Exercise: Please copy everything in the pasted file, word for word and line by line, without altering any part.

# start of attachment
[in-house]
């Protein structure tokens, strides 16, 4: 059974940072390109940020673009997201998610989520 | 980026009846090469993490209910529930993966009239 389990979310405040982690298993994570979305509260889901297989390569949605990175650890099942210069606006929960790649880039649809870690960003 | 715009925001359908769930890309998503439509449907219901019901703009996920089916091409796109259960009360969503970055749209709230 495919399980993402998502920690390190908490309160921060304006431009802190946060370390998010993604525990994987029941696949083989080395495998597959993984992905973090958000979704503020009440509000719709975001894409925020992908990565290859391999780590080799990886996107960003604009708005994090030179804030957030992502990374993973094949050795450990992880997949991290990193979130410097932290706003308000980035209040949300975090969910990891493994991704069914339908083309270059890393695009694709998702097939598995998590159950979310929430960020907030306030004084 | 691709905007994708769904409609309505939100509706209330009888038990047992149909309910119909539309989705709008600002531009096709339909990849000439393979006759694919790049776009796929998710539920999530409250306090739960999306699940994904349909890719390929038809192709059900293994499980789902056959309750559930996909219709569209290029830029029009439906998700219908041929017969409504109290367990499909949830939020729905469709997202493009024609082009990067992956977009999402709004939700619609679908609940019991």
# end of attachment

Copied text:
[in-house]
């Protein structure tokens, strides 16, 4: 059974940072390109940020673009997201998610989520 | 980026009846090469993490209910529930993966009239 389990979310405040982690298993994570979305509260889901297989390569949605990175650890099942210069606006929960790649880039649809870690960003 | 715009925001359908769930890309998503439509449907219901019901703009996920089916091409796109259960009360969503970055749209709230 495919399980993402998502920690390190908490309160921060304006431009802190946060370390998010993604525990994987029941696949083989080395495998597959993984992905973090958000979704503020009440509000719709975001894409925020992908990565290859391999780590080799990886996107960003604009708005994090030179804030957030992502990374993973094949050795450990992880997949991290990193979130410097932290706003308000980035209040949300975090969910990891493994991704069914339908083309270059890393695009694709998702097939598995998590159950979310929430960020907030306030004084 | 691709905007994708769904409609309505939100509706209330009888038990047992149909309910119909539309989705709008600002531009096709339909990849000439393979006759694919790049776009796929998710539920999530409250306090739960999306699940994904349909890719390929038809192709059900293994499980789902056959309750559930996909219709569209290029830029029009439906998700219908041929017969409504109290367990499909949830939020729905469709997202493009024609082009990067992956977009999402709004939700619609679908609940019991």